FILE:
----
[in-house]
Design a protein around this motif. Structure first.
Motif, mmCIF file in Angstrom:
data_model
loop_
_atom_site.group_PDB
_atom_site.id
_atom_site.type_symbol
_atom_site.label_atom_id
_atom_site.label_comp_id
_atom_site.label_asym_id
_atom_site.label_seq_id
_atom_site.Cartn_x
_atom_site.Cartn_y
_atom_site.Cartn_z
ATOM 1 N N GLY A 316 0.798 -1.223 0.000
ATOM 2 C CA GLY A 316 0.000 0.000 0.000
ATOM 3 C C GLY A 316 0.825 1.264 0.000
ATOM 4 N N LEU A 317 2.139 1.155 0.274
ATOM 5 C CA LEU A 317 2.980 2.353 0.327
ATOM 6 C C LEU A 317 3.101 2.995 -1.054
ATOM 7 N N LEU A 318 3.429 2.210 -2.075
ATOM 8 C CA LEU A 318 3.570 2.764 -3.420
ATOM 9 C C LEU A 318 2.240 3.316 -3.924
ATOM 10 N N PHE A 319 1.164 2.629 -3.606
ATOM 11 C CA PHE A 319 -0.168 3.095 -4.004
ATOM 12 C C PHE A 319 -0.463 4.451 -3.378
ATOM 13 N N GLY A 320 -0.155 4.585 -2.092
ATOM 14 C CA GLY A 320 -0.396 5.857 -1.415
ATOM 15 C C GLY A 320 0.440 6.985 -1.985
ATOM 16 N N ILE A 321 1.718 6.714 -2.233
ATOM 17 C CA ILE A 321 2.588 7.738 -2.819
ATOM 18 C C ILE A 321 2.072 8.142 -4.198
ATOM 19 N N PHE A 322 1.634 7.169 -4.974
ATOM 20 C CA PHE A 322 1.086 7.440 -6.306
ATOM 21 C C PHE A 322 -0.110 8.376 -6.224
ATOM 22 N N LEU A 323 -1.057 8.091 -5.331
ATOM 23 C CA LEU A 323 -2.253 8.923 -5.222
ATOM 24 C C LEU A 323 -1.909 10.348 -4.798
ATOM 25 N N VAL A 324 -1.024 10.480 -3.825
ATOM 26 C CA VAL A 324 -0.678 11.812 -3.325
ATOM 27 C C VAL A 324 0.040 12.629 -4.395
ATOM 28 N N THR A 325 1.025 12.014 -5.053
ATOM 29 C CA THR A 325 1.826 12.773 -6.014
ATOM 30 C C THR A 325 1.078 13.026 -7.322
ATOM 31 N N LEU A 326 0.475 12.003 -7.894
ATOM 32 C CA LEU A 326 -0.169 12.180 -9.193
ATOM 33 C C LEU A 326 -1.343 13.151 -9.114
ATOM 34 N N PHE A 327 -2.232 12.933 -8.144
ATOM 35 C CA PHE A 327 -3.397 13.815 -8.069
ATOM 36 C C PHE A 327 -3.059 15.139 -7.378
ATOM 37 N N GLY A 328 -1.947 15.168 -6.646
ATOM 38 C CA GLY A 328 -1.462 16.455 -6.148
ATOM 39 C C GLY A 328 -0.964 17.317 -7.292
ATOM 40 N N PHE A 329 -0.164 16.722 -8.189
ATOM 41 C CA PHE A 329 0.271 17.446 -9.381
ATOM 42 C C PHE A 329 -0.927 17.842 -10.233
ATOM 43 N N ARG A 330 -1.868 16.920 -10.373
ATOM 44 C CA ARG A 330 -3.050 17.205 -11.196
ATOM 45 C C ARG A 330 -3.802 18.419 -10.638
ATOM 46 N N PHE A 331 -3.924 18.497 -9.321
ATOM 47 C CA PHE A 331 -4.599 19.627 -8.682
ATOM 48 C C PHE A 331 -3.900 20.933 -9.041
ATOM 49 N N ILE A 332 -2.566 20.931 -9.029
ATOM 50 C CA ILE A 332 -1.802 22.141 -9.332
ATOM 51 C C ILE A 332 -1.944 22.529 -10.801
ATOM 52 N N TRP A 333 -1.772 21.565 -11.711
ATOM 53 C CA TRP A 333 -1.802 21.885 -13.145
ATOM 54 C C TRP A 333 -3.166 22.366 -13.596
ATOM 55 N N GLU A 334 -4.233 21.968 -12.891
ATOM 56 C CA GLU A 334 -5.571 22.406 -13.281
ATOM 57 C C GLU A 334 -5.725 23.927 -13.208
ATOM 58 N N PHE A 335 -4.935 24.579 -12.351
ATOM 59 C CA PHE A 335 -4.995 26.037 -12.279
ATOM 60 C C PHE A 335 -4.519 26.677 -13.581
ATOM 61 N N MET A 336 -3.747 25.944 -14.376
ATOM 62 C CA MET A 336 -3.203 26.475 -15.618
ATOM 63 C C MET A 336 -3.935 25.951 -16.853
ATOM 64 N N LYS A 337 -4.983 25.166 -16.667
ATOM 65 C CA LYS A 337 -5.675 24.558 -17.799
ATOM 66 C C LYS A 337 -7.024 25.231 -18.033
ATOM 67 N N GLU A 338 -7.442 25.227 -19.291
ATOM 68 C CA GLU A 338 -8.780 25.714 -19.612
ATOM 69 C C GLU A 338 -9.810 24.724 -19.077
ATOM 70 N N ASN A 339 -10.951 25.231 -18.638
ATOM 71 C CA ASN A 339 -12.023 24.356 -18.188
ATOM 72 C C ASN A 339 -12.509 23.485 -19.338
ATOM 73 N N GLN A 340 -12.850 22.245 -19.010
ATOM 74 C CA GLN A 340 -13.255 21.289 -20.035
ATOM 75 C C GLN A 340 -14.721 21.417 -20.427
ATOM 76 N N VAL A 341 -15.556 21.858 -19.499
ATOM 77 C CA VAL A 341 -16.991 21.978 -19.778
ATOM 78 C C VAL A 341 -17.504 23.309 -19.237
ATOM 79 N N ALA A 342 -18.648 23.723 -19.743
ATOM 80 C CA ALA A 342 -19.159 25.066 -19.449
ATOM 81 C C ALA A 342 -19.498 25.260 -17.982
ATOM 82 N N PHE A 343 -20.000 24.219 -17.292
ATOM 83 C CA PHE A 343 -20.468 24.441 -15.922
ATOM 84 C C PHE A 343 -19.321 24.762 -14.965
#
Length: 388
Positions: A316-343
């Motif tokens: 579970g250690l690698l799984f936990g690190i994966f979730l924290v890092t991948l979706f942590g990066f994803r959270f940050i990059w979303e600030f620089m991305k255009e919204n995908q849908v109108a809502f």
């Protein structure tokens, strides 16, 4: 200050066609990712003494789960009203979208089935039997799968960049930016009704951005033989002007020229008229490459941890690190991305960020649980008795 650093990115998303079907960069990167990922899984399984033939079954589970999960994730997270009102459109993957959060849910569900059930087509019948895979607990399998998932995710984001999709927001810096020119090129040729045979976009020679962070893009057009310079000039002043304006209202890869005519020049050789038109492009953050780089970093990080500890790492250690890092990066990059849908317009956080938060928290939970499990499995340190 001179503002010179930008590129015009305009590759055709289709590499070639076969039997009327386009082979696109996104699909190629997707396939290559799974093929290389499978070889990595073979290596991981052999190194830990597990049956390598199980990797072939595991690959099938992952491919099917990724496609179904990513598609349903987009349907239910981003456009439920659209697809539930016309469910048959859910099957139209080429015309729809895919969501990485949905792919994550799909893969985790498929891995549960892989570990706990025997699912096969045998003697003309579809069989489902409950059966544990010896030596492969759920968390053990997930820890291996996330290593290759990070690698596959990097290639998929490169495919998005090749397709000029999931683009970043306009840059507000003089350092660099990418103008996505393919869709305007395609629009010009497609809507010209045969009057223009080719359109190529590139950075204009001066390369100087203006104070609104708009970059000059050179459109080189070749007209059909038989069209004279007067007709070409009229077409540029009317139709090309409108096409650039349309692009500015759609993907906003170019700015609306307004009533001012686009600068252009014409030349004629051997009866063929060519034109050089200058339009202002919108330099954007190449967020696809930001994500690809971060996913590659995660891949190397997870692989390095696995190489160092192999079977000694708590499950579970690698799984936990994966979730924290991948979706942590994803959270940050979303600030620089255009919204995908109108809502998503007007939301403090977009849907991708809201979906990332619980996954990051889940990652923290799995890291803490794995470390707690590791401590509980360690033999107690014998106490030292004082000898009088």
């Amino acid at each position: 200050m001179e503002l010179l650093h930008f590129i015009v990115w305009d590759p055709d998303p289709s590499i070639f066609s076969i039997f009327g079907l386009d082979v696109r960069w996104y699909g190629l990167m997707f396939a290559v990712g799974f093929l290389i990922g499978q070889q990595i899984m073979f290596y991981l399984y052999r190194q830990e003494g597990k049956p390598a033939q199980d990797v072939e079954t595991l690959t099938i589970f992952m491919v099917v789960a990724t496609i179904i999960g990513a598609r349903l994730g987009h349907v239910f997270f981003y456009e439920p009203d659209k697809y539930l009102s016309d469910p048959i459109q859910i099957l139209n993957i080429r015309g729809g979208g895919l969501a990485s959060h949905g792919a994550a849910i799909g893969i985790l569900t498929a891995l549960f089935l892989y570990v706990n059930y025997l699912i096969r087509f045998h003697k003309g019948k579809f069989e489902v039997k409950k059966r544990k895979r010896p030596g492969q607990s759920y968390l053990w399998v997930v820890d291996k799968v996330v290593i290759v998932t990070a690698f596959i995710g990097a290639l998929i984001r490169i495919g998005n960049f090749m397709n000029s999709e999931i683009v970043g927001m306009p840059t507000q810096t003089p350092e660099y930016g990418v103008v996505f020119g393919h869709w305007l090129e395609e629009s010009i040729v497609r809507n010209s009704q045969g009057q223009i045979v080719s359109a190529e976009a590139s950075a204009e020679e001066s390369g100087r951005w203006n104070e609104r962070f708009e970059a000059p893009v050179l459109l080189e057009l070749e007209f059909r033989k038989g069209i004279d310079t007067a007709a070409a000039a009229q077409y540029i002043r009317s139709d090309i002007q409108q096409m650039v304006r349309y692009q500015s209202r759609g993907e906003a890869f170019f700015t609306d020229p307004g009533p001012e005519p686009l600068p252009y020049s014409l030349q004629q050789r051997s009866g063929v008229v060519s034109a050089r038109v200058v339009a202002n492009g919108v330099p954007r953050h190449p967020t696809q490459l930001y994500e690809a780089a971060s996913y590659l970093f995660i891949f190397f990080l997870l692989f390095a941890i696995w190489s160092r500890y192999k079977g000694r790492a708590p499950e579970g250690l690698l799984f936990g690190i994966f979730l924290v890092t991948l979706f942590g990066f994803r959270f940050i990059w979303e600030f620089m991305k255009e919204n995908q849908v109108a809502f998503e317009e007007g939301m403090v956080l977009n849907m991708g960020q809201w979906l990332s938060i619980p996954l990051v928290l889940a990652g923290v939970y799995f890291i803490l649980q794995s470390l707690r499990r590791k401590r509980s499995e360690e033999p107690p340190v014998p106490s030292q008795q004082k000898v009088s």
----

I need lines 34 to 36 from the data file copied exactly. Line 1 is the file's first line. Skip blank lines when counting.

ATOM 19 N N PHE A 322 1.634 7.169 -4.974
ATOM 20 C CA PHE A 322 1.086 7.440 -6.306
ATOM 21 C C PHE A 322 -0.110 8.376 -6.224